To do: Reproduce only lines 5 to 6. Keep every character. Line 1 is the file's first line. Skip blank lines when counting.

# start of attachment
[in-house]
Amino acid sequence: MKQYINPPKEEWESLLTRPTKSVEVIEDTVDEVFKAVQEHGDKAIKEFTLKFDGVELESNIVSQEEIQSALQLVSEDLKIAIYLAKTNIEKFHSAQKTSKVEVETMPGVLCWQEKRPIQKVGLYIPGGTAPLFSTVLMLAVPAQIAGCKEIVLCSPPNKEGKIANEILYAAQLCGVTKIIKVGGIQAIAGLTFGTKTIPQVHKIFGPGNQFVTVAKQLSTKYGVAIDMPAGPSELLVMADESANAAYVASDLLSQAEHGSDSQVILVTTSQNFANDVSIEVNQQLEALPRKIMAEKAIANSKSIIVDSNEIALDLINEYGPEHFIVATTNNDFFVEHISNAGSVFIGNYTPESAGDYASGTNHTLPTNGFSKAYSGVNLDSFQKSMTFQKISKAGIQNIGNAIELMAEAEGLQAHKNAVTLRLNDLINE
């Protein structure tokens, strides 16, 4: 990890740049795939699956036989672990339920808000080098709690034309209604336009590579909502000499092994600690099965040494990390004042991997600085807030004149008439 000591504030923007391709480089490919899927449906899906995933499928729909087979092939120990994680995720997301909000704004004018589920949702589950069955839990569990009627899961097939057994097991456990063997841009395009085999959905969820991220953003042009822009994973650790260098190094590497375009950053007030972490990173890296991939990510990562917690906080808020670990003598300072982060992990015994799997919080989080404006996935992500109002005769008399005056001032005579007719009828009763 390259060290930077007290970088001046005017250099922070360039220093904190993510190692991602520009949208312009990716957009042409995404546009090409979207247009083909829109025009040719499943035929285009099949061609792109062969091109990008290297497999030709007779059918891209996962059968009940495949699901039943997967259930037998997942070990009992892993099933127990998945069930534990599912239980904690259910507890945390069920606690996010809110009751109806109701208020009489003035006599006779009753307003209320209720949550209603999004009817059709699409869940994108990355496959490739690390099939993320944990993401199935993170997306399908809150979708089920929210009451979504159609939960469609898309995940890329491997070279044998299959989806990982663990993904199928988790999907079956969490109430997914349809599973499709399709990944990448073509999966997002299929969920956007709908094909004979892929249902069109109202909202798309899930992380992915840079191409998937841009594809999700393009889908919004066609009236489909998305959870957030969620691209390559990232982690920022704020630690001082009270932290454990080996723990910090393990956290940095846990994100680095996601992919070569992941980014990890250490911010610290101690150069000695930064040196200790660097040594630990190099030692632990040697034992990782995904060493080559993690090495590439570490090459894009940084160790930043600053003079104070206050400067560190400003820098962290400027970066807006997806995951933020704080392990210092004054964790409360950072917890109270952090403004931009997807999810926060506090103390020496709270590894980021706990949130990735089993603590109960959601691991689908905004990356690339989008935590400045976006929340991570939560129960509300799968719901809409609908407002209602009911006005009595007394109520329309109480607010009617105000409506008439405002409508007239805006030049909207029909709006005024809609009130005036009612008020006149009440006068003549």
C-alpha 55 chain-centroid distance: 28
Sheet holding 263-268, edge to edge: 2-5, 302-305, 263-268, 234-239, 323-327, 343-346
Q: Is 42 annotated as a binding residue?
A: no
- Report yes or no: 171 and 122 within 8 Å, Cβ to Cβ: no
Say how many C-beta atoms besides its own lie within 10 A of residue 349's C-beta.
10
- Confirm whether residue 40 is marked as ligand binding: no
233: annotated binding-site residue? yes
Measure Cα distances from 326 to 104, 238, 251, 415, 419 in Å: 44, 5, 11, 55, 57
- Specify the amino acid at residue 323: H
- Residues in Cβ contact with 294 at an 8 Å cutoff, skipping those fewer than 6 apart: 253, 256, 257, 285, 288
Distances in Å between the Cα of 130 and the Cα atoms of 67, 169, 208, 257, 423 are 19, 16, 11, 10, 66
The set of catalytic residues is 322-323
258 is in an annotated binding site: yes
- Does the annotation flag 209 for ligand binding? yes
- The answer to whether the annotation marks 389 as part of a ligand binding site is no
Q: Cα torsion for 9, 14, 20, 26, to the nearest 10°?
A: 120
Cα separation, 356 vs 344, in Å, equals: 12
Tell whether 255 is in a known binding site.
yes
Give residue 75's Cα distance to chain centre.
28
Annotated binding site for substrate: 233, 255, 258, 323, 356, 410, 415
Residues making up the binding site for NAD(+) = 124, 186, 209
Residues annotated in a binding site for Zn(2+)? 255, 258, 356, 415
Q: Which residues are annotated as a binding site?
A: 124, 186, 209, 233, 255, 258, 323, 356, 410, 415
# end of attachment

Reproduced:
Sheet holding 263-268, edge to edge: 2-5, 302-305, 263-268, 234-239, 323-327, 343-346
Q: Is 42 annotated as a binding residue?